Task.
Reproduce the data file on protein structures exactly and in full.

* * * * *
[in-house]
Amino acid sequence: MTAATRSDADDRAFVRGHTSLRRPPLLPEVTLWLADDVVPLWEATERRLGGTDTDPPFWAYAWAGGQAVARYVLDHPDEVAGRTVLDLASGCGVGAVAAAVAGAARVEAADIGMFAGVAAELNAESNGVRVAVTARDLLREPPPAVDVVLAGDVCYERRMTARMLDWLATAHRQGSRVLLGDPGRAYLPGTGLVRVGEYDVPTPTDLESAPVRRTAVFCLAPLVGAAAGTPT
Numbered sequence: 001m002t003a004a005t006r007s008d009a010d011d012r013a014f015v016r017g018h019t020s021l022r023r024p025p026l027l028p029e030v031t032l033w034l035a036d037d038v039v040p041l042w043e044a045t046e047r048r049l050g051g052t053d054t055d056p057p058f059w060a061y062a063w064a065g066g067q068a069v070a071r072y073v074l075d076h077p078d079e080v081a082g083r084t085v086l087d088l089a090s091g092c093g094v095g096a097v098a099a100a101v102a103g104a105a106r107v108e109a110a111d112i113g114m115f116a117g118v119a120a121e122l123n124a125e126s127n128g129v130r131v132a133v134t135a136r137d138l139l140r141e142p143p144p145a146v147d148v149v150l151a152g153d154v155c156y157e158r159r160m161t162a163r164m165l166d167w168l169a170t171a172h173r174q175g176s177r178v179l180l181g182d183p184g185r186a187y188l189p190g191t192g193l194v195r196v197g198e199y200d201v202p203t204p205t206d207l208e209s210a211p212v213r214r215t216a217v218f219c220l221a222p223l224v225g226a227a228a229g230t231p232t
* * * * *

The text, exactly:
[in-house]
Amino acid sequence: MTAATRSDADDRAFVRGHTSLRRPPLLPEVTLWLADDVVPLWEATERRLGGTDTDPPFWAYAWAGGQAVARYVLDHPDEVAGRTVLDLASGCGVGAVAAAVAGAARVEAADIGMFAGVAAELNAESNGVRVAVTARDLLREPPPAVDVVLAGDVCYERRMTARMLDWLATAHRQGSRVLLGDPGRAYLPGTGLVRVGEYDVPTPTDLESAPVRRTAVFCLAPLVGAAAGTPT
Numbered sequence: 001m002t003a004a005t006r007s008d009a010d011d012r013a014f015v016r017g018h019t020s021l022r023r024p025p026l027l028p029e030v031t032l033w034l035a036d037d038v039v040p041l042w043e044a045t046e047r048r049l050g051g052t053d054t055d056p057p058f059w060a061y062a063w064a065g066g067q068a069v070a071r072y073v074l075d076h077p078d079e080v081a082g083r084t085v086l087d088l089a090s091g092c093g094v095g096a097v098a099a100a101v102a103g104a105a106r107v108e109a110a111d112i113g114m115f116a117g118v119a120a121e122l123n124a125e126s127n128g129v130r131v132a133v134t135a136r137d138l139l140r141e142p143p144p145a146v147d148v149v150l151a152g153d154v155c156y157e158r159r160m161t162a163r164m165l166d167w168l169a170t171a172h173r174q175g176s177r178v179l180l181g182d183p184g185r186a187y188l189p190g191t192g193l194v195r196v197g198e199y200d201v202p203t204p205t206d207l208e209s210a211p212v213r214r215t216a217v218f219c220l221a222p223l224v225g226a227a228a229g230t231p232t